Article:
There are lots of intelligent arguments that you can make about taxes. You can argue that tax raises may also increase revenue, that tax cuts may reduce the size of the future increase in revenue the government will receive, or that we could eventually cut taxes so dramatically that they would no longer yield revenue increases, but clearly the last few major tax cuts we've had have produced increases in federal revenue, not decreases.
After General Eric Shinseki said we would need 500,000 troops to handle post-war Iraq, he was fired: Whether Shinseki was right about the number of troops we needed is debatable, given that we obviously didn't have enough boots-on-the-ground in the immediate aftermath of the war -- but are winning today with a far smaller number of soldiers than Shinseki said we should have -- but in any case, the United States Department Of Defense has made it absolutely clear that Shinseki wasn't fired, retired, or removed for his remarks,
Gen. Shinseki was appointed to a four-year term as chief of staff of the Army and served his full term. When Gen. Shinseki made his oft-cited statement about troop levels in February 2003 during a congressional hearing, it was already well-known that his term would end six months later. Serving longer would have been extraordinary. The only two men to serve longer than four years in the entire 103-year history of the position have been Gen. Douglas MacArthur and Gen. George Marshall.
George Bush stole the 2004 election by cheating in Ohio: This conspiracy theory doesn't inspire as many tantrums as the Florida controversy in 2000, but there are liberals galore who will tell you that Kerry really won Ohio in 2004 and thus, the election.
The problem with this idea is that the margin in Ohio was so large that it practically precluded the possibility of fraud making the difference. The initial margin was 118,443 votes, which was more than 220 times the difference between Bush and Gore in Florida. If every state -- that was won by even half that many votes -- became controversial, it's hard to see how we could ever make it through another election without months of charges and counter-charges to go along with never-ending legal challenges.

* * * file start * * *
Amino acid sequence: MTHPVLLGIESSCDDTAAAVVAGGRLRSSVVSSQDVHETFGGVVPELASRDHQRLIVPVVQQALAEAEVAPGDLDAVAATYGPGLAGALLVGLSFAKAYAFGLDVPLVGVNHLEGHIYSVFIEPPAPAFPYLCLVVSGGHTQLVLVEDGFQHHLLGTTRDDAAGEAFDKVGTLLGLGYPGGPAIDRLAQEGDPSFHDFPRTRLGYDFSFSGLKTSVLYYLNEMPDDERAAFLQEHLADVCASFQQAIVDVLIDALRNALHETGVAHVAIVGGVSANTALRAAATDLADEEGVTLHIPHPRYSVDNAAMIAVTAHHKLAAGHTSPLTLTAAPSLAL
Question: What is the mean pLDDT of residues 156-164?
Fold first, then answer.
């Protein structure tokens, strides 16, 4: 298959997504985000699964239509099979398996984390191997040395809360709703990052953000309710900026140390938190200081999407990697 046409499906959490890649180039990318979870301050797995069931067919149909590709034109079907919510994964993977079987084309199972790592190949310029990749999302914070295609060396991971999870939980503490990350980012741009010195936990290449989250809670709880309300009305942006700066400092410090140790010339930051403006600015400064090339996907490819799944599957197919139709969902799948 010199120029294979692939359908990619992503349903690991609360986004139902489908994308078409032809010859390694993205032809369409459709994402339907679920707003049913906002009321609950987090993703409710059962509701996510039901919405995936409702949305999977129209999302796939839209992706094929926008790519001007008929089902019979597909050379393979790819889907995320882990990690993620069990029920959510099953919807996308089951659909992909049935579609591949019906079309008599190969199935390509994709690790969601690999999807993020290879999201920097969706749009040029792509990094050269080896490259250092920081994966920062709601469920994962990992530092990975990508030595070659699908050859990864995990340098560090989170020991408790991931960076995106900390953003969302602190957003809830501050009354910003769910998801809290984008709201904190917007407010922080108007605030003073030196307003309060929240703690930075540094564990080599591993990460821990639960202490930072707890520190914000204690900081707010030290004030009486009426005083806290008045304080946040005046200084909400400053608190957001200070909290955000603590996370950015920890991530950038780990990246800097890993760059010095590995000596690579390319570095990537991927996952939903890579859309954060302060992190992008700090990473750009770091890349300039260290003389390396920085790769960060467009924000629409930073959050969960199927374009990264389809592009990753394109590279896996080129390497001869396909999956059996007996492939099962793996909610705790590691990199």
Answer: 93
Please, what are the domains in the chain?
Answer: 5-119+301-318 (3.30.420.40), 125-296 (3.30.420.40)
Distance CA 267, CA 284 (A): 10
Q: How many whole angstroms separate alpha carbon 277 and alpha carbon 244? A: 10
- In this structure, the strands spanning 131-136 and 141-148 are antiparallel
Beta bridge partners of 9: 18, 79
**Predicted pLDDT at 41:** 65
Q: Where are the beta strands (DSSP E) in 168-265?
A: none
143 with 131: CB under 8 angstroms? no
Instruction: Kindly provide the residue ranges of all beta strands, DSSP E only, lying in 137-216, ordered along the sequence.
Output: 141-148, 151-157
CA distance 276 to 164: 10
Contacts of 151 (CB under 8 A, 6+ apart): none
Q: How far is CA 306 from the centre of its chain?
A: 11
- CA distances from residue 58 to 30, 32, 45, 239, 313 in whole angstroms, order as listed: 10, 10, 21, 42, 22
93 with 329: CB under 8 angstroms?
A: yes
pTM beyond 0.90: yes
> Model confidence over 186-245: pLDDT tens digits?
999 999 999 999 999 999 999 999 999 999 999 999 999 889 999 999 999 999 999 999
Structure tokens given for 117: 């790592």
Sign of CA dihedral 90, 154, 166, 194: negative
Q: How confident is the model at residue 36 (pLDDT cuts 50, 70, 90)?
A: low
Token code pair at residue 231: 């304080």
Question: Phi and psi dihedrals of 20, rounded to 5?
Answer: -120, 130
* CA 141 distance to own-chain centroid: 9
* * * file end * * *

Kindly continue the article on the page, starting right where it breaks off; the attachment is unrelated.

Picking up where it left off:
Moreover, as Michael O'Grady, the legal counsel to the Ohio Democratic Party once said, given the size of Bush's win, in order to believe the election in Ohio was stolen, you'd have to think, "that the entire Republican Party is conspiratorial and the entire Democratic Party is as dumb as rocks."
Since at least the first half of that statement is completely untrue, Ohio obviously wasn't stolen.
Oil companies gouge consumers to make outsized profits: Unsurprisingly, given the outrageously high cost of gas and the Left's penchant for pointing the fickle finger of blame at big corporations, we've heard a lot about how big oil is gouging consumers.
However, when you take a look at the actual numbers in California, for example, you find that the "Distribution Costs, Marketing Costs and Profits" for the oil companies make up only 8 cents per gallon of gas.
That doesn't sound like gouging, does it? But if you believe it does, what would you say about the 70 cents per gallon in taxes that's paid by California consumers? Additionally, as Karl Rove has pointed out,
(Oil companies) make about 8.3 cents in gross profit per dollar of sales....Electronics make 14.5 cents per dollar and computer equipment makers take in 13.7 cents per dollar, according to the Census Bureau. Microsoft's margin is 27.5 cents per dollar of sales.
Sure, these oil companies are huge and therefore, even an 8.3% profit adds up to billions of dollars, but when you look at the relatively small percentage that they're putting in their pockets as compared to the humongous share that the government is raking in, it's pretty clear that it's the government, not the oil companies, that is gouging consumers.